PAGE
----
While it’s true that twenty years ago few people had ever heard of a ‘web site’, the simple truth is that websites now get lost in their sheer numbers and social media, such as Facebook, Twitter, MySpace, LinkedIn, and more are sweeping the world and very directly changing the way we do business.  Marcia and I wrote a post last month about our own foray into Social Networking, and we now have a Twitter landing page on this site, where we provide links and information related to social networking information (updated as we can).  Social networking affects every group or business, in every field.   During the recent 2010 TED Conference in California, there were over 40,000 ‘tweets’ (short posts) about the conference.   Chris Anderson of TED can be found at @TEDChris. More and more businesses are allowing/encouraging their employees to post about their experiences with and within the company, and while there have been a couple of instances of people being dismissed as a result of their posts, these events were anything but private and reflect back to the company as well.  ‘CoTweet‘ for example is a resource that allows the employees of a company to share one Twitter account, engaging with their clients online.

Curious, I went to the US Green Building Council home page, and they have a Twitter account (@usgbc).  Being Canadian, I also went to the Canada Green Building Council home page, and they’re not (yet?) hooked up to Twitter.  I’ve sent them an e-mail letting them know that when they do, I’ll be happy to update this post!  Some of the groups, organizations and companies I ‘follow’ on Twitter in relation to sustainability and green building, in addition to those mentioned above, are:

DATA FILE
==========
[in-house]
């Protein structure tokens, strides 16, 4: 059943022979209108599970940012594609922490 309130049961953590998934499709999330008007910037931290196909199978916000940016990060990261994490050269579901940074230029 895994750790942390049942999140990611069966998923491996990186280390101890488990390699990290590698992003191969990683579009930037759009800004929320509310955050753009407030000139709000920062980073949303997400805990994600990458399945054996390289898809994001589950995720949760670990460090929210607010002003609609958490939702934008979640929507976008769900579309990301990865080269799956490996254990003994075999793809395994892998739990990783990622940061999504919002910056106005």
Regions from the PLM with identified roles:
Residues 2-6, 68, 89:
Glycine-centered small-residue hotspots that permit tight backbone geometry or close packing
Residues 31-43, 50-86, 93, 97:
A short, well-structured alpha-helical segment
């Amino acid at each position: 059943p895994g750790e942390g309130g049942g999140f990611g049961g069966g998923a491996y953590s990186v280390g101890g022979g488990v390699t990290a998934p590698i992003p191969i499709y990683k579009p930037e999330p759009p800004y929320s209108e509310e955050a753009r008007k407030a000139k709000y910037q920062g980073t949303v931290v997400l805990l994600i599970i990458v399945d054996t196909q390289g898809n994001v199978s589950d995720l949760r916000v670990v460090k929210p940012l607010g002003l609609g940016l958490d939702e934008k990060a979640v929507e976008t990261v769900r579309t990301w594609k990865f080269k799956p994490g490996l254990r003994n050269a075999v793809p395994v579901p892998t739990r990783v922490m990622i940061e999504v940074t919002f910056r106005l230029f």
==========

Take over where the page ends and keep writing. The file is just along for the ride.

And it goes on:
I’m sure you’ll develop your own lists.  Oh, BTW, if you’re like me and tend to be a bit loquacious, I highly recommend Twitlonger.

Articles, sites and news I found this week include the following.  Before I get to that, a reminder that there’s a webinar on ‘Understanding Green Schools‘ on March 17, 2:00 p.m. EDT.  Click on the link to register.

In no particular order:

Have a great week!

Mike.

P.S.

If you’re in the Portland, OR area on March 20–21 and are looking for a way to release some of the stress in your life, drop by the Ohara Ikebana Exhibition at the Portland Japanese Garden.

Being Green: Body and Mind – The Olympics and TED

Hi Folks:

Well, another week has flown by!  The Vancouver 2010 Olympics begin today, and there’s been a lot of effort put into making this Olympics the ‘greenest’ one ever.  There are, of course, two opposing views on their efforts.  On one side, Daily Planet has created an extensive chronicle of the science and technology that has gone into the preparations for this event, and a part of their efforts include eight segments highlighting different ways in which this Olympics are ‘going for green‘.  The official Vancouver Olympics website also has a section of their site devoted to explaining their sustainability efforts.  Even the Olympic medals are made partially from metals recycled from electronic waste.  On the other side of the table, a recent article by Dr. David Suzuki serves to highlight the (many?) ways in which the 2010 Olympics has fallen  short, and the ways in which future games might be improved. As an example, one new structure at Whistler is a chalet designed to PassivHaus standards.  A PassivHaus consumes 90% less energy than one built to standard building code.  I think that’s wonderful, and ideas like this need to be incorporated into every new building.  At the same time, the building was created in a factory in Austria and then shipped around the world to BC where it was erected, so that process itself may negate the environmental benefits of having such a tight structure.  I can’t say for sure.  Can we do more?  Need we do more?  For my part I say yes, certainly, on both counts.  At the same time, I believe we advance ourselves further with compliments than criticisms, so I offer my congratulations to all involved with the Vancouver 2010 Olympics for their efforts in sustainability, and I trust that future events will greatly exceed the efforts made here.